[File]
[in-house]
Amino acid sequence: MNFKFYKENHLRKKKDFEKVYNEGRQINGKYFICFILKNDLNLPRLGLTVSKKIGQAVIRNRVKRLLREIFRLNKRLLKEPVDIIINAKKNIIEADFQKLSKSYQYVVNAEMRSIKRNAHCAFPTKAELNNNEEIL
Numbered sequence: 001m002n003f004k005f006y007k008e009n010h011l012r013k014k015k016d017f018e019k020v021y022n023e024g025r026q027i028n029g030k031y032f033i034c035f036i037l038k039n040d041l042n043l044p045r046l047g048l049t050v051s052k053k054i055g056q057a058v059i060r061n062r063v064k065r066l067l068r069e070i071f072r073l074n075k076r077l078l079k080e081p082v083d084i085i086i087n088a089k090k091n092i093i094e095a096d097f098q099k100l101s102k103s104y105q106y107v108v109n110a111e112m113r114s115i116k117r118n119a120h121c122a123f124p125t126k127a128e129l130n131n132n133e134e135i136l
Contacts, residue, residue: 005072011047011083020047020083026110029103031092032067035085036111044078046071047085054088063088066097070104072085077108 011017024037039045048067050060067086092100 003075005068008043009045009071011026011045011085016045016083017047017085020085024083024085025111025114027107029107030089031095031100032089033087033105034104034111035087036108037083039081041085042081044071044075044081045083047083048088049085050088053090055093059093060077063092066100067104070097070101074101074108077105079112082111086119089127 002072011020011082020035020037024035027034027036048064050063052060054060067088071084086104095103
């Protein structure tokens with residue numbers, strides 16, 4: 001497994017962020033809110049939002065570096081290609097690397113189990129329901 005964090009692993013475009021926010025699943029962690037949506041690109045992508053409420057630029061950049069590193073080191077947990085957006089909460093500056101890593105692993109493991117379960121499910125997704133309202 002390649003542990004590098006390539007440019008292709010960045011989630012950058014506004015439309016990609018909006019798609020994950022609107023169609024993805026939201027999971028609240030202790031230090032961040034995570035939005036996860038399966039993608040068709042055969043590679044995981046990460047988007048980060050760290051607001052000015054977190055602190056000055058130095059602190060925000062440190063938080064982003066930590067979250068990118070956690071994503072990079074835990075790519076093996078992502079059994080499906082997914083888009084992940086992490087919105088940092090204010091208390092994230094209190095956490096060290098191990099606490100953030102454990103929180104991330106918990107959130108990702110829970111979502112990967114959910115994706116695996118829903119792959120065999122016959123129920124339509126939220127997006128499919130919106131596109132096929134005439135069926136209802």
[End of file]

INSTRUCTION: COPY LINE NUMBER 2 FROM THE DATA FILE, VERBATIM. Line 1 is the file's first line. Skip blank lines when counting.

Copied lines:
Amino acid sequence: MNFKFYKENHLRKKKDFEKVYNEGRQINGKYFICFILKNDLNLPRLGLTVSKKIGQAVIRNRVKRLLREIFRLNKRLLKEPVDIIINAKKNIIEADFQKLSKSYQYVVNAEMRSIKRNAHCAFPTKAELNNNEEIL